The latest Executive Order from the War Criminal Administration facilitates and sanctions the taking away of property of anyone who is deemed to be "undermining efforts to promote economic reconstruction and political reform in Iraq or to provide humanitarian assistance to the Iraqi people". Left in those terms, it isn't too much of a stretch to envision this Administration deciding that any particularly vocal critic of the Iraq occupation is "undermining efforts" and thus a target for seizure of property or assets, Fifth Amendment be damned.As Wonkette sums it up: "If the White House decides that you are in any way 'undermining efforts' in Iraq, or related to Iraq or pretty much anything else, the Treasury Department is authorized to seize your money, property, stocks, etc. The pride is back!"
Big news indeed, and yet it has received scant little attention in the media. Shameful in every regard, but it troubles me even more that this latest criminal act has crossed a new threshold in reckless disregard for the US Constitution, and yet hardly a soul even knows about it.
Sorry to criticize, but you screwed up on the White House Executive Order story.Greg says:
The Order clearly only applies to people who have "committed, or to pose a significant risk of committing, an act or acts of violence that have the purpose or effect of: ... (B) undermining efforts to promote economic reconstruction and political reform in Iraq or to provide humanitarian assistance to the Iraqi people"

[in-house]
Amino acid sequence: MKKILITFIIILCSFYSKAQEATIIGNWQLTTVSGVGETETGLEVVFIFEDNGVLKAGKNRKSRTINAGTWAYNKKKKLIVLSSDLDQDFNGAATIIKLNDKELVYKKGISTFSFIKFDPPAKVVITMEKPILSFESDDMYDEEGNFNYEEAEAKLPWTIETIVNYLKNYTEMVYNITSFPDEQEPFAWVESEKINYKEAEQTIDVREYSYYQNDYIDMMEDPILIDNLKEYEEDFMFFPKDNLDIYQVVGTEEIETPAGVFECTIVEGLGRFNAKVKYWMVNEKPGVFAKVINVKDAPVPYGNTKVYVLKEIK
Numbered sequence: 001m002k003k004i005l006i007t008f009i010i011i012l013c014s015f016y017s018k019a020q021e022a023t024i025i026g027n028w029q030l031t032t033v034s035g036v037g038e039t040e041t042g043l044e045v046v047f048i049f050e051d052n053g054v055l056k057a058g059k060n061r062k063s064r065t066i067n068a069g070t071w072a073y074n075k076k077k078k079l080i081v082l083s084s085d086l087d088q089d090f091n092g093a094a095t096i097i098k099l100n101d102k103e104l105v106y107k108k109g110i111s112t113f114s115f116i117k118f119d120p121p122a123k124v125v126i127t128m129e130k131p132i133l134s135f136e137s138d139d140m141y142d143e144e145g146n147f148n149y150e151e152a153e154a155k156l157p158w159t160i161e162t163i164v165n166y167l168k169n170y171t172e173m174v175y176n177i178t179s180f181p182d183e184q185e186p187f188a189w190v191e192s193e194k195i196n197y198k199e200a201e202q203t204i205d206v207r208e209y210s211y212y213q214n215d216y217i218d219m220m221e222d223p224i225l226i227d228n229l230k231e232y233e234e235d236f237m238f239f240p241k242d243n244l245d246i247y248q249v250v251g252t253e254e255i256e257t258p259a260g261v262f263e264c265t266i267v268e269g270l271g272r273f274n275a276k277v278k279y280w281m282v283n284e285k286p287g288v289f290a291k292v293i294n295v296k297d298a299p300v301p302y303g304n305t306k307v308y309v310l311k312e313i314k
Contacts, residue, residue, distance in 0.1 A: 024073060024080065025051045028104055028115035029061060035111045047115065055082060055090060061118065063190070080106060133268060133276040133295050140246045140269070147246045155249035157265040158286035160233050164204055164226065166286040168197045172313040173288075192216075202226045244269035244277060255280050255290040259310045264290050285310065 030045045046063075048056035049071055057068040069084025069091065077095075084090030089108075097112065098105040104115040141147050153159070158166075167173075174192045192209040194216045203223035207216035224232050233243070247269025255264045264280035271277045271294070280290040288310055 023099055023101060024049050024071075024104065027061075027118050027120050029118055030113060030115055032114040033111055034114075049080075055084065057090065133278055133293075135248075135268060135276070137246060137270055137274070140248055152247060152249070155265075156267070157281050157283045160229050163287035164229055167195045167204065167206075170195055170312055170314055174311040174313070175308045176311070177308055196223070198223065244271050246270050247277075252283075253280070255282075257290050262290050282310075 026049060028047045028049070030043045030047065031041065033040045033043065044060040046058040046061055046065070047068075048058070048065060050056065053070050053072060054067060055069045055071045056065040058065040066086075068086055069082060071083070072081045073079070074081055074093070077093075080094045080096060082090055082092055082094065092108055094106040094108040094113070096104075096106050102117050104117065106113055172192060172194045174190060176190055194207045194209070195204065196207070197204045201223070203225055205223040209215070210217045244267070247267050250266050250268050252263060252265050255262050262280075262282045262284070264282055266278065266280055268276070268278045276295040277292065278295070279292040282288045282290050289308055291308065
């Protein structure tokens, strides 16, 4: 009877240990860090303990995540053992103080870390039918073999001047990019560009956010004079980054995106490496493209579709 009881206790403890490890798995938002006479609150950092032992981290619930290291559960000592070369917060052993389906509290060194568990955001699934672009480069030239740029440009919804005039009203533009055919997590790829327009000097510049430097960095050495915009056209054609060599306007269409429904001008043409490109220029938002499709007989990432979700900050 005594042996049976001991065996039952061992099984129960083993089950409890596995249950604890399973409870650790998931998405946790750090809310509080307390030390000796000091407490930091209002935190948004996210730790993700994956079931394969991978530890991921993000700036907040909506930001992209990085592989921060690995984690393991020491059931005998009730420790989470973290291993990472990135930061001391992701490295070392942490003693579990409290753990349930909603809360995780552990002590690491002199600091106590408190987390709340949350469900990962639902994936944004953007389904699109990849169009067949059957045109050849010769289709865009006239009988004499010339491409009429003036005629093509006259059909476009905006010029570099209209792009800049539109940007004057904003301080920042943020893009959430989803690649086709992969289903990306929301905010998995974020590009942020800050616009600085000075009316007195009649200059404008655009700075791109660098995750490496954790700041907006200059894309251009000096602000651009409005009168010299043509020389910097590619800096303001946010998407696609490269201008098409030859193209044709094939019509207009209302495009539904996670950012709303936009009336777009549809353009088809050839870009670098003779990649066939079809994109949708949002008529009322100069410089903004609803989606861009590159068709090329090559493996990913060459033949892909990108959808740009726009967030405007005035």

In other words, it doesn't apply to anyone who is "undermining efforts." It requires violence + undermining efforts. You left off the first part. I'm not saying that this makes the order any better, but at least it limits it.
Further, the President cannot take away property of US citizens by fiat. That's prohibited by the Fifth Amendment. This is directed to foreign nationals who are holding their assets in the US.
Robert is incorrect about the scope of the executive order and who it applies to.
1) it has a broad theoretical reach, i.e., anyone who the executive branch says "pose[s] a significant risk of committing" acts of violence that "undermine efforts" in Iraq. It's like the Dept. of Pre-Crime.
2) the EO applies to "U.S. persons," a group which includes U.S. citizens, not just foreign nationals parking their money in the U.S.
Talking Points Memo has some analysis from the ACLU and other experienced voices on the topic.
Mark Frauenfelder is the founder of Boing Boing and the editor-in-chief of MAKE and Cool Tools. Twitter: @frauenfelder. His new book is Maker Dad: Lunch Box Guitars, Antigravity Jars, and 22 Other Incredibly Cool Father-Daughter DIY Projects